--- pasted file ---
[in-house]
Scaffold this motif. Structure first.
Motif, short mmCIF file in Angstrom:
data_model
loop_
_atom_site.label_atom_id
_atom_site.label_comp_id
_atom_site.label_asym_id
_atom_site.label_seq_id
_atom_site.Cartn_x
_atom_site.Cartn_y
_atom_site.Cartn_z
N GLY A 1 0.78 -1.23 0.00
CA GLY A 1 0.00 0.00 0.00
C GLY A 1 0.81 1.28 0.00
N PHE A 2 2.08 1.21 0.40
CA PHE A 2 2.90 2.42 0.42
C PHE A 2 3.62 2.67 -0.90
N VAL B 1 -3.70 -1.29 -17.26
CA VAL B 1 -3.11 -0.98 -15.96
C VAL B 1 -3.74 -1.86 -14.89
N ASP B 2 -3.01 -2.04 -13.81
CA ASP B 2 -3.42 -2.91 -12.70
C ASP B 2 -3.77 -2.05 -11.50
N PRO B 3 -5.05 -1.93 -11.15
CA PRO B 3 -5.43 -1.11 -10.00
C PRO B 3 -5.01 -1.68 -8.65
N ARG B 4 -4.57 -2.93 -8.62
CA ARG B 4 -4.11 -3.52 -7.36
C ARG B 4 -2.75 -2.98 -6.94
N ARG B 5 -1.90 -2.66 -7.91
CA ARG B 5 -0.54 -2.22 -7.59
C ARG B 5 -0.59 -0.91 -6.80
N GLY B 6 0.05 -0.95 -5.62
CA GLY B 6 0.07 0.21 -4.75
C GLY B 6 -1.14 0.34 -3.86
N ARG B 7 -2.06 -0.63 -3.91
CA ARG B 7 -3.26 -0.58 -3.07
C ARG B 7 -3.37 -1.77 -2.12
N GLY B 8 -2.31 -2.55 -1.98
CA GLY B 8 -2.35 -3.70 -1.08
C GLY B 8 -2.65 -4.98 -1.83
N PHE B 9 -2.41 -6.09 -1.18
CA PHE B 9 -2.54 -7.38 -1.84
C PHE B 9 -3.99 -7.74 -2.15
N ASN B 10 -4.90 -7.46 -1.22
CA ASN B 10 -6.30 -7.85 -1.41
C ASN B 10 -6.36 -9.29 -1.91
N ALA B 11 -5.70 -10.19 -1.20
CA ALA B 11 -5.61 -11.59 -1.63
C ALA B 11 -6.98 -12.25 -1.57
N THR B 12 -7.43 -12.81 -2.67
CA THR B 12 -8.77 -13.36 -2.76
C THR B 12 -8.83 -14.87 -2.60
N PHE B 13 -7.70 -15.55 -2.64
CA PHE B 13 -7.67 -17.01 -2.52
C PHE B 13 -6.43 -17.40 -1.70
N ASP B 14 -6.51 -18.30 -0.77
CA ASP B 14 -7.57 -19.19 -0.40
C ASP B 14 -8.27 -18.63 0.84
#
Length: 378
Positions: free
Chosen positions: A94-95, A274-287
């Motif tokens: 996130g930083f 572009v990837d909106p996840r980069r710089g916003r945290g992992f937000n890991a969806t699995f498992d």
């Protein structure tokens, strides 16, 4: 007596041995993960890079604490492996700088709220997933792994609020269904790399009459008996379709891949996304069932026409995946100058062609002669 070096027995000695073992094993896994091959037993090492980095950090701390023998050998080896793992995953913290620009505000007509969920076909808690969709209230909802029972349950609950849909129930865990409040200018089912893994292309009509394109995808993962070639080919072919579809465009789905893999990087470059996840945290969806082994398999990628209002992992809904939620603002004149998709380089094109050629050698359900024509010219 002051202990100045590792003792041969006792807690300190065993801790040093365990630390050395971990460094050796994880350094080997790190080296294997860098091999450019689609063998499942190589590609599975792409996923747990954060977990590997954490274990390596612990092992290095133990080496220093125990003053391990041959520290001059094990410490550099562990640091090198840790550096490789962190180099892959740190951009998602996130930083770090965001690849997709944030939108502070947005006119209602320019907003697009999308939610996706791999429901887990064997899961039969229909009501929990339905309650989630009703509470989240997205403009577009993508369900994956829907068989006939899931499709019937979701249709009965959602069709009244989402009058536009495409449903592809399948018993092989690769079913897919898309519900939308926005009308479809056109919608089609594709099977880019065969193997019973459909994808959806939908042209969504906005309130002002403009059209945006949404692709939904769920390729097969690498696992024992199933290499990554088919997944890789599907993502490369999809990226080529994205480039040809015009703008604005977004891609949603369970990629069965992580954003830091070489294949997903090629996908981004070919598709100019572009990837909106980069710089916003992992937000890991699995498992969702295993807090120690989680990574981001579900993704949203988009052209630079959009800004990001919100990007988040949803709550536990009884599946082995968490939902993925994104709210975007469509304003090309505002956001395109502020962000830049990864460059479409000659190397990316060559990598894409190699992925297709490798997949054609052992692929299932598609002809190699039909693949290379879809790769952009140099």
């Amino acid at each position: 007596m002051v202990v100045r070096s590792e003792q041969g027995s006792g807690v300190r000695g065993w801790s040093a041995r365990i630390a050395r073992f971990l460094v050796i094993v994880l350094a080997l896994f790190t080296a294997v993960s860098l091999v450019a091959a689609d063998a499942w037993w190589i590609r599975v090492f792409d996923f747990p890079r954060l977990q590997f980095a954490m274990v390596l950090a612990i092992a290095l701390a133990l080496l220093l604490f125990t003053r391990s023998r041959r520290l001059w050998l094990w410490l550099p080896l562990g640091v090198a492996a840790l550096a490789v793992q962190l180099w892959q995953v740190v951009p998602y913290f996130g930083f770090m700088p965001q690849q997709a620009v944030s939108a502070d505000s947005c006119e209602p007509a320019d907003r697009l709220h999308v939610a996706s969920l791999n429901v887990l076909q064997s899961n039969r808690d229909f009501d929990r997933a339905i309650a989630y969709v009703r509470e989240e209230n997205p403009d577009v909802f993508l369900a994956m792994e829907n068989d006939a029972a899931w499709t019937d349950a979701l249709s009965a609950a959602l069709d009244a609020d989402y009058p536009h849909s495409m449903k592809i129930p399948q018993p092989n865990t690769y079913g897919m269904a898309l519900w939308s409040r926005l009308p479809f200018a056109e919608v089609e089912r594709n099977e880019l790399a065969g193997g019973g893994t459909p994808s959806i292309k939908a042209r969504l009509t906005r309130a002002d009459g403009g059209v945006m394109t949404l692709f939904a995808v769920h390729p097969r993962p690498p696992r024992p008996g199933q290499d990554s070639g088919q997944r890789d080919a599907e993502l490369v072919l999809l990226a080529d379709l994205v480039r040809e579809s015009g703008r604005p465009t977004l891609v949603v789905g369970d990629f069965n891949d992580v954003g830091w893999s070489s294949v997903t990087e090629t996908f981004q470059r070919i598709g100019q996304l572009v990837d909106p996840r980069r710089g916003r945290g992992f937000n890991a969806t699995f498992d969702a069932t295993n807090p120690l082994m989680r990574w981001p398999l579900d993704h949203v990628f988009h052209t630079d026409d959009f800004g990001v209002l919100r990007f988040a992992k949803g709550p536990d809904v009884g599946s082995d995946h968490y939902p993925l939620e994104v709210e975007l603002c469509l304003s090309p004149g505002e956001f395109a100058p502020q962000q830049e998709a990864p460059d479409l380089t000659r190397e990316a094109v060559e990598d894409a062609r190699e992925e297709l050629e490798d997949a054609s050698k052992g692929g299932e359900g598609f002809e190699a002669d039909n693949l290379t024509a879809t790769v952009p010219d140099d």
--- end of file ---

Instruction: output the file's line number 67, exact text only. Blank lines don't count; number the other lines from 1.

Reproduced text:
């Amino acid at each position: 007596m002051v202990v100045r070096s590792e003792q041969g027995s006792g807690v300190r000695g065993w801790s040093a041995r365990i630390a050395r073992f971990l460094v050796i094993v994880l350094a080997l896994f790190t080296a294997v993960s860098l091999v450019a091959a689609d063998a499942w037993w190589i590609r599975v090492f792409d996923f747990p890079r954060l977990q590997f980095a954490m274990v390596l950090a612990i092992a290095l701390a133990l080496l220093l604490f125990t003053r391990s023998r041959r520290l001059w050998l094990w410490l550099p080896l562990g640091v090198a492996a840790l550096a490789v793992q962190l180099w892959q995953v740190v951009p998602y913290f996130g930083f770090m700088p965001q690849q997709a620009v944030s939108a502070d505000s947005c006119e209602p007509a320019d907003r697009l709220h999308v939610a996706s969920l791999n429901v887990l076909q064997s899961n039969r808690d229909f009501d929990r997933a339905i309650a989630y969709v009703r509470e989240e209230n997205p403009d577009v909802f993508l369900a994956m792994e829907n068989d006939a029972a899931w499709t019937d349950a979701l249709s009965a609950a959602l069709d009244a609020d989402y009058p536009h849909s495409m449903k592809i129930p399948q018993p092989n865990t690769y079913g897919m269904a898309l519900w939308s409040r926005l009308p479809f200018a056109e919608v089609e089912r594709n099977e880019l790399a065969g193997g019973g893994t459909p994808s959806i292309k939908a042209r969504l009509t906005r309130a002002d009459g403009g059209v945006m394109t949404l692709f939904a995808v769920h390729p097969r993962p690498p696992r024992p008996g199933q290499d990554s070639g088919q997944r890789d080919a599907e993502l490369v072919l999809l990226a080529d379709l994205v480039r040809e579809s015009g703008r604005p465009t977004l891609v949603v789905g369970d990629f069965n891949d992580v954003g830091w893999s070489s294949v997903t990087e090629t996908f981004q470059r070919i598709g100019q996304l572009v990837d909106p996840r980069r710089g916003r945290g992992f937000n890991a969806t699995f498992d969702a069932t295993n807090p120690l082994m989680r990574w981001p398999l579900d993704h949203v990628f988009h052209t630079d026409d959009f800004g990001v209002l919100r990007f988040a992992k949803g709550p536990d809904v009884g599946s082995d995946h968490y939902p993925l939620e994104v709210e975007l603002c469509l304003s090309p004149g505002e956001f395109a100058p502020q962000q830049e998709a990864p460059d479409l380089t000659r190397e990316a094109v060559e990598d894409a062609r190699e992925e297709l050629e490798d997949a054609s050698k052992g692929g299932e359900g598609f002809e190699a002669d039909n693949l290379t024509a879809t790769v952009p010219d140099d």